DAVAO CITY, Philippines – A councilor is proposing a ban on using hydrogen gas for party balloons following a mother’s social media post that such balloons had caused injury to her seven-year-old son celebrating her birthday.
Councilor Maria Belen Acosta raised this matter in her privilege speech during Tuesday’s City Council session, raising concern that some party prop businesses use hydrogen instead of helium to inflate balloons as it is cheaper.
Acosta reacted to a post made by Tina Co on February 6, who narrated the incident during his birthday last February 3.
Co said her son and other children were tossing a big balloon that had tiny balloons inside. Later on, her son took the balloon to their bedroom as he was relieving himself when they were startled by a loud explosion.
“My son took it with him to the bedroom because he wanted to pee and suddenly we heard a LOUD explosion and the force rocked our house. We even saw a bit of spark/fire along with the boom,” Co narrated.
When they rushed to their bedroom, she found her son sustained a minor burn on his forearm from the melted balloon skin.
When Co informed the seller about the incident, the owner apologized and admitted that their staff forgot to put a warning sticker on handling the balloon safely.
Co did not mention the name of the store but wanted to drive her message to the public and prop sellers to take caution.
“I am not here to shame the balloon seller. I will not bother to mention the shop as they are just doing business. I just want people to be more aware and to be more careful. Never allow your kids to play with balloons that float especially if you are not sure if it’s hydrogen or not,” she added.
Co said that her research showed that hydrogen in the balloon can react with oxygen along with friction to create energy that was the cause of the sudden explosion inside their house.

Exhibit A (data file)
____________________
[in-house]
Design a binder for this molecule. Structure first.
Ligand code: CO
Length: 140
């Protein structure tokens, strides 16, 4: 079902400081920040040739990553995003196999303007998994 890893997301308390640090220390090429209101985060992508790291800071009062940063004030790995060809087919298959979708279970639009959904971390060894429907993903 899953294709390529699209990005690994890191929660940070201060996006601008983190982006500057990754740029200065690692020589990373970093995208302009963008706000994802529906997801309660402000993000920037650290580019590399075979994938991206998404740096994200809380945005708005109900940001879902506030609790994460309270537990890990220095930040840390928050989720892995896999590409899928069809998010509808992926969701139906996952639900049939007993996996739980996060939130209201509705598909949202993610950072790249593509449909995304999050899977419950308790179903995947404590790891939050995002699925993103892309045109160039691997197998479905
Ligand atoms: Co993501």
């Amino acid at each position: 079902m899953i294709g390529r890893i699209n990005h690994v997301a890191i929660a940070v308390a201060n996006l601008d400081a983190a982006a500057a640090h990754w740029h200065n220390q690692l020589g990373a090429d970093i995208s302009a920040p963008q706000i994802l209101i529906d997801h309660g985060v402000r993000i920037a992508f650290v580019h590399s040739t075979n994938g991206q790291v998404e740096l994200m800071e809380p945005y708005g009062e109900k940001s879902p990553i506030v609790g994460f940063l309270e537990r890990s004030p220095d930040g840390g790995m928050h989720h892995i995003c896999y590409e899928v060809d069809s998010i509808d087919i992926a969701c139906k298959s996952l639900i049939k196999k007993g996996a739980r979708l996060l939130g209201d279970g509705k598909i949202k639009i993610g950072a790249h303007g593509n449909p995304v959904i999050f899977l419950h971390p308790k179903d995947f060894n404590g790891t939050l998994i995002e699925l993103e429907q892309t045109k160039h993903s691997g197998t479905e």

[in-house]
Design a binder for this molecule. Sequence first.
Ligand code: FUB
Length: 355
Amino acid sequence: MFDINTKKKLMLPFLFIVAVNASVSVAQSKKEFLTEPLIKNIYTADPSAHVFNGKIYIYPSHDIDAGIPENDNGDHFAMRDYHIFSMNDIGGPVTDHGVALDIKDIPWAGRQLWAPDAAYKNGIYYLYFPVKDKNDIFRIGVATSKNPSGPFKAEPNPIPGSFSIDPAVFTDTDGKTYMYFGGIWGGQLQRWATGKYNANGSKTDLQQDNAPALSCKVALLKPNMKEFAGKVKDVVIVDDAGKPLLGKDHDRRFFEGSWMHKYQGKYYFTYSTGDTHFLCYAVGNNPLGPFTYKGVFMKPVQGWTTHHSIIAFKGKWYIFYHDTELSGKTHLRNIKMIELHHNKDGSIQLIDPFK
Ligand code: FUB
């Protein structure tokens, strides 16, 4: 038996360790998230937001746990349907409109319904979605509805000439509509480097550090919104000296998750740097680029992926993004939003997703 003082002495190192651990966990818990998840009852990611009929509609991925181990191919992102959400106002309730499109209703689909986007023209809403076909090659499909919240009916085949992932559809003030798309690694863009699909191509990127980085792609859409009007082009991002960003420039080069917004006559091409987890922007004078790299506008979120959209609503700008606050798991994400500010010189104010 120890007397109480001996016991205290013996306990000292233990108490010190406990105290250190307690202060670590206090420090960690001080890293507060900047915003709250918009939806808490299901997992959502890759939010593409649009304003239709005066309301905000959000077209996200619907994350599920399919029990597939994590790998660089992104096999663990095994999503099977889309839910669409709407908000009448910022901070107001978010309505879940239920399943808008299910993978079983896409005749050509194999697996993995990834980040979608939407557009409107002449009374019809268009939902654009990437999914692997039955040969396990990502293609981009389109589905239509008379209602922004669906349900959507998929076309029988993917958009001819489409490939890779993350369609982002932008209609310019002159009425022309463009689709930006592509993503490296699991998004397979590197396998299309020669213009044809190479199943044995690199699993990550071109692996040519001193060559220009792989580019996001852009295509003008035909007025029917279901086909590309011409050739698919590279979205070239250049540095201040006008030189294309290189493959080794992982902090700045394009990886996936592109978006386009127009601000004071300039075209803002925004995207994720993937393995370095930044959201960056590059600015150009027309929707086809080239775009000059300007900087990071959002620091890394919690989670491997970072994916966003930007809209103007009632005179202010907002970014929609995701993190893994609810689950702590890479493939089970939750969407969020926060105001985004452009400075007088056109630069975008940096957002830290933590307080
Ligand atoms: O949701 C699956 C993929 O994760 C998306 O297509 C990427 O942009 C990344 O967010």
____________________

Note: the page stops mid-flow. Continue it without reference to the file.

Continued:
“The big balloon contained tiny balloons inside which were a recipe for disaster, friction could have triggered the explosion plus the leaking of oxygen/hydrogen. No need for a spark or flame. It’s a ticking time bomb if enough friction is made” she added.
Co’s post on social media has earned more than 12 thousand shares and over 500 comments. Some of these comments compliment Co’s effort to caution and explain the danger of the floating balloons with hydrogen inside.
“An object as seemingly harmless as a party prop but in actuality is a ticking time bomb needs to be regulated,” Councilor Acosta said during her speech on Tuesday.
Acosta pointed out that hydrogen is “notoriously flammable” and a “dangerous substance” that needs to be regulated to avoid possible danger to children and damage to property.
Her proposed ordinance is now filed under first reading and will return to her committee on Peace and Public Safety for public consultation which will formulate provisions and imposition of penalties.
Back in 2019, Acosta also passed an ordinance that bans the release of balloons and sky lanterns during events and occasions to ensure public safety as it poses risks to low flying aircraft and power lines. (davaotoday.com)